Close encounters of the planet kind

Brilliant Venus and faint Mars swept close last week, in the east before sunup. Check out these awesome photos!

Eliot Herman caught Venus and Mars on the morning of October 6; Venus is the bright one, and Mars is the fainter, reddish one just above it. Eliot wrote: “Getting Mars showing color is a big part of it, as it makes the photo.”

Through the first week of October, 2017, bright Venus and faint, red Mars appeared close in the east before dawn. They appeared in the same binocular field for many days, one super bright, the other super faint. These two worlds were closest on the sky’s dome on or near October 5. At that juncture, they were only 0.2o (2/5ths of a moon-width) apart. The EarthSky community – and many others around the globe – saw them and captured them!

Dennis Chabot wrote on October 6: “Venus and faint planet Mars in the east on this foggy New England morning.”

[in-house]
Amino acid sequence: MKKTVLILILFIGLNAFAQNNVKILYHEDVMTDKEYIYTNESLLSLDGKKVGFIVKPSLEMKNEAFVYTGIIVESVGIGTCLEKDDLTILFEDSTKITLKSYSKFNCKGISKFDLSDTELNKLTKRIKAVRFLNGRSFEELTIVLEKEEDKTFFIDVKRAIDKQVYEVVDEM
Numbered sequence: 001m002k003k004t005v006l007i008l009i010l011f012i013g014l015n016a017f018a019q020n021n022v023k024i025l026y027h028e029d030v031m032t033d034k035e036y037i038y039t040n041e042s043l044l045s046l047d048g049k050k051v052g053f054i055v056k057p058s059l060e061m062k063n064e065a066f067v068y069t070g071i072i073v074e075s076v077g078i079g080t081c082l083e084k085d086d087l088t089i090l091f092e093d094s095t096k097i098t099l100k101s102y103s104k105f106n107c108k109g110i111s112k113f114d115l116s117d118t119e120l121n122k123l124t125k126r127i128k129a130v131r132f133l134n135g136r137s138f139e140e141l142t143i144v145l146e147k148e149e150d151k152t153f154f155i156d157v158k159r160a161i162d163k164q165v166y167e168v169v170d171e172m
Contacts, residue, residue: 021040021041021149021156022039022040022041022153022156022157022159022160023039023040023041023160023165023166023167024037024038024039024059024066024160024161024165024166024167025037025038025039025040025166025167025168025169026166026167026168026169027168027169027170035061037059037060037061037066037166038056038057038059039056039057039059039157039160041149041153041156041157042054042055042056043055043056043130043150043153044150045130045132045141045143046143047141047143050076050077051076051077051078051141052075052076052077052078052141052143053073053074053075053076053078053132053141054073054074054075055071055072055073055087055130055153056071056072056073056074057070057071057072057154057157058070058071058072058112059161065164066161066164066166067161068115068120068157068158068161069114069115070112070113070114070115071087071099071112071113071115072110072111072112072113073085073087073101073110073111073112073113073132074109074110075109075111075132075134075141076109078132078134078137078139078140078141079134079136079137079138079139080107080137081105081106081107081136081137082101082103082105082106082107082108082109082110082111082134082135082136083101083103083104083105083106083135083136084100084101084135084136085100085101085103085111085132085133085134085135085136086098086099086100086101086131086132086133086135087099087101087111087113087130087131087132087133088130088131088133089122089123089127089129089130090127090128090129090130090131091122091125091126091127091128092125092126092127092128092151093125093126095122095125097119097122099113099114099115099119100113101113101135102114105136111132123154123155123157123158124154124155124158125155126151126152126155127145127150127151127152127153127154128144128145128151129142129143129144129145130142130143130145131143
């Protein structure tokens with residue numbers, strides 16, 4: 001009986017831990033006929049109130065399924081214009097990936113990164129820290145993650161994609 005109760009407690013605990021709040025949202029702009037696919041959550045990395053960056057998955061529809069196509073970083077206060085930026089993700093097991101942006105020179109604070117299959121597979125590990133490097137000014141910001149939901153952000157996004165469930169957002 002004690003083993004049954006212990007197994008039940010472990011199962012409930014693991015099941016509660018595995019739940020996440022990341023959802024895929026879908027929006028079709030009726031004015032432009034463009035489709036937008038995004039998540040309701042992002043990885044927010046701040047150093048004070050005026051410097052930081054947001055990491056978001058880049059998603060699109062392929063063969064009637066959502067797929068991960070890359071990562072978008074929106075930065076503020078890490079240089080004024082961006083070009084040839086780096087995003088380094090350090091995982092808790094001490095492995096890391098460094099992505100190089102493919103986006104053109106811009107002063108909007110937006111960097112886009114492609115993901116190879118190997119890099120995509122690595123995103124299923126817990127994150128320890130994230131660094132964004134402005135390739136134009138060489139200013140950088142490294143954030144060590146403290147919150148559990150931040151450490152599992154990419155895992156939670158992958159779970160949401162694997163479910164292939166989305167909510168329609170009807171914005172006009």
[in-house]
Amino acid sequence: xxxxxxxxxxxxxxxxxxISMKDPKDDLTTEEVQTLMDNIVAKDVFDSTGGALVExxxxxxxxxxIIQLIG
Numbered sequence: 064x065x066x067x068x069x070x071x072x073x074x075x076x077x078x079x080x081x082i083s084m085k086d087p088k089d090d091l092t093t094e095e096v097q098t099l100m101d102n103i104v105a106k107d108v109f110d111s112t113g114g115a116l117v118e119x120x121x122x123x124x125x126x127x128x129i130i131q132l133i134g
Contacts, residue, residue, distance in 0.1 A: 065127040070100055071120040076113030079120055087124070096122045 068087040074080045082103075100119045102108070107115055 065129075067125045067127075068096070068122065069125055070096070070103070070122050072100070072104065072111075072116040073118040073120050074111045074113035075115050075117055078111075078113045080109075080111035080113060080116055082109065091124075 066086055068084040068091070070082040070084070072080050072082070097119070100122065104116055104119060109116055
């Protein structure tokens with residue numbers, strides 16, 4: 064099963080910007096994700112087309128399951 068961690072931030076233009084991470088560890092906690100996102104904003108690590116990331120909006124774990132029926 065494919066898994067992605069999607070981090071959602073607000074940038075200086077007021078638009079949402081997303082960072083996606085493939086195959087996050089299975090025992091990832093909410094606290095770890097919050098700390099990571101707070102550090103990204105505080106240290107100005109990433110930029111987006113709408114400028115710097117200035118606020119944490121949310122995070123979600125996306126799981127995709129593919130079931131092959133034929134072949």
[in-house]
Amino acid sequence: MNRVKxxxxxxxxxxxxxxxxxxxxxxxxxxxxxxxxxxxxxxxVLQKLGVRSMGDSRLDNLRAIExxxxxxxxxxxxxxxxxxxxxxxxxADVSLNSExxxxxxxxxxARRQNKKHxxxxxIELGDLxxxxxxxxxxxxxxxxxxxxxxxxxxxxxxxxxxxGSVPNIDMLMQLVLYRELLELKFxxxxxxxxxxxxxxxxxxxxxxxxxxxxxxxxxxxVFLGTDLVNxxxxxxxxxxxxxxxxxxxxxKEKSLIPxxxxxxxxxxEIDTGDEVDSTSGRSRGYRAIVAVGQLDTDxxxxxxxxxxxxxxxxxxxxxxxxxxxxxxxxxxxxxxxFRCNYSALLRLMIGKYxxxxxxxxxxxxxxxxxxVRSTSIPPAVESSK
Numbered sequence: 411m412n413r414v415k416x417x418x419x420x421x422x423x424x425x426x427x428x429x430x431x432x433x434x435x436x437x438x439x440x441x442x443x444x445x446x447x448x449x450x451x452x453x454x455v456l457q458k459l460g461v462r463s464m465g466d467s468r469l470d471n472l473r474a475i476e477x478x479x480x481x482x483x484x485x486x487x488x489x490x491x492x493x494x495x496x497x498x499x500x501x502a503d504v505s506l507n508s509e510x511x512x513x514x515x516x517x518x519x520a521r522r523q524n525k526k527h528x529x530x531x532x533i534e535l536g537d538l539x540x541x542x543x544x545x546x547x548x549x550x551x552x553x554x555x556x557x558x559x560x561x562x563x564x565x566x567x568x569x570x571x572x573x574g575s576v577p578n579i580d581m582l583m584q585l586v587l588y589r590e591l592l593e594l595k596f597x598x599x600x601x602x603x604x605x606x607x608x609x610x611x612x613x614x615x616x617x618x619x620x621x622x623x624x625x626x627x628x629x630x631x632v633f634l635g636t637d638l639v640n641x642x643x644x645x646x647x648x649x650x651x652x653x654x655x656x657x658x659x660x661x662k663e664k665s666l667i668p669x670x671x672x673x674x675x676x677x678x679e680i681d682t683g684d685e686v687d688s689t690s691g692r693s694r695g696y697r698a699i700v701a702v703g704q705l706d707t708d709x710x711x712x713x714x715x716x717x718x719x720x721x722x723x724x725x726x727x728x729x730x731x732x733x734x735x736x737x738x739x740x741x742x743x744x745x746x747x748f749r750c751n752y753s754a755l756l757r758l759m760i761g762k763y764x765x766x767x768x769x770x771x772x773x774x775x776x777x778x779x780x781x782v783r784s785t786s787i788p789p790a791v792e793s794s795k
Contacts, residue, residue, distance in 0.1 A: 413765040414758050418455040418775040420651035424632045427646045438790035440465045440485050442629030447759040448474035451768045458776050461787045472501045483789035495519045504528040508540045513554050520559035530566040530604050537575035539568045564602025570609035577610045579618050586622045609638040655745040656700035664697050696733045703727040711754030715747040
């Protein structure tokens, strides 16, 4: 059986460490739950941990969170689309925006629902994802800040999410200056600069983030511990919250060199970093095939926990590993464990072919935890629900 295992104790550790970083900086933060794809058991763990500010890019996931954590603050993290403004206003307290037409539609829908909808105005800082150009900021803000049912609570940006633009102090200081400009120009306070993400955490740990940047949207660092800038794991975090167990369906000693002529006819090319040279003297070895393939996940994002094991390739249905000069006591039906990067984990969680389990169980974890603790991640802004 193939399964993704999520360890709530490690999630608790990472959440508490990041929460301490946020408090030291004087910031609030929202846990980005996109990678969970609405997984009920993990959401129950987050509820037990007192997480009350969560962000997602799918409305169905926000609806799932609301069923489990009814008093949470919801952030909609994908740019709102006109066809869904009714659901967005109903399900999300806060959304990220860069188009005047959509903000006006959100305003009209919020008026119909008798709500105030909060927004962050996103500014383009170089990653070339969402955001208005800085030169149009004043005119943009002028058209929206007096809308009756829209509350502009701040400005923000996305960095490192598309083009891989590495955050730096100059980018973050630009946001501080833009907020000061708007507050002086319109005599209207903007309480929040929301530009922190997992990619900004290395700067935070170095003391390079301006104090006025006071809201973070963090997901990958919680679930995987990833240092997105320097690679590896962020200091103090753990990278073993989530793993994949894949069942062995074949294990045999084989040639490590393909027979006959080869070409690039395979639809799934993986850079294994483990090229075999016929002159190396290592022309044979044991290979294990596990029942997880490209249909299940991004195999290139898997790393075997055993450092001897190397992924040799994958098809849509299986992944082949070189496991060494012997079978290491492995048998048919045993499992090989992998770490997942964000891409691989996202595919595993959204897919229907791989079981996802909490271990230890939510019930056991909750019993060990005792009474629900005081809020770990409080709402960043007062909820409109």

If you watched for several mornings, you know the planets shifted their positions on the sky’s dome rapidly. On October 5, Mars was below Venus. “Close encounter of the planetary kind,” wrote Lunar 101 Moon Book in Toronto.

Venus and Mars on October 5, via Jean Baptiste Feldmann in France.

Michael Reagan wrote on October 5: “From Fort Mohave, Arizona … Venus, with Mars below and to the right, and special guest star Sigma Leonis dropping in above and the left of Venus.”

Don Gargano Photography in Rye, New Hampshire caught very bright Venus and much fainter Mars on the morning of October 4.

No, Venus and Mars didn’t appear in front of the full moon. This is a photo composite, showing that Venus and Mars on October 6 would have fit inside a full moon-diameter on our sky’s dome. Image via Sugeng Riyadi in Central Java, Indonesia, who wrote: “This event was awesome because, at the same time, we got full moon setting at west horizon and Venus-Mars conjunction at east horizon.”

Bottom line: Photos from the EarthSky community of Venus and Mars in early October, 2017. Wow!

Deborah Byrd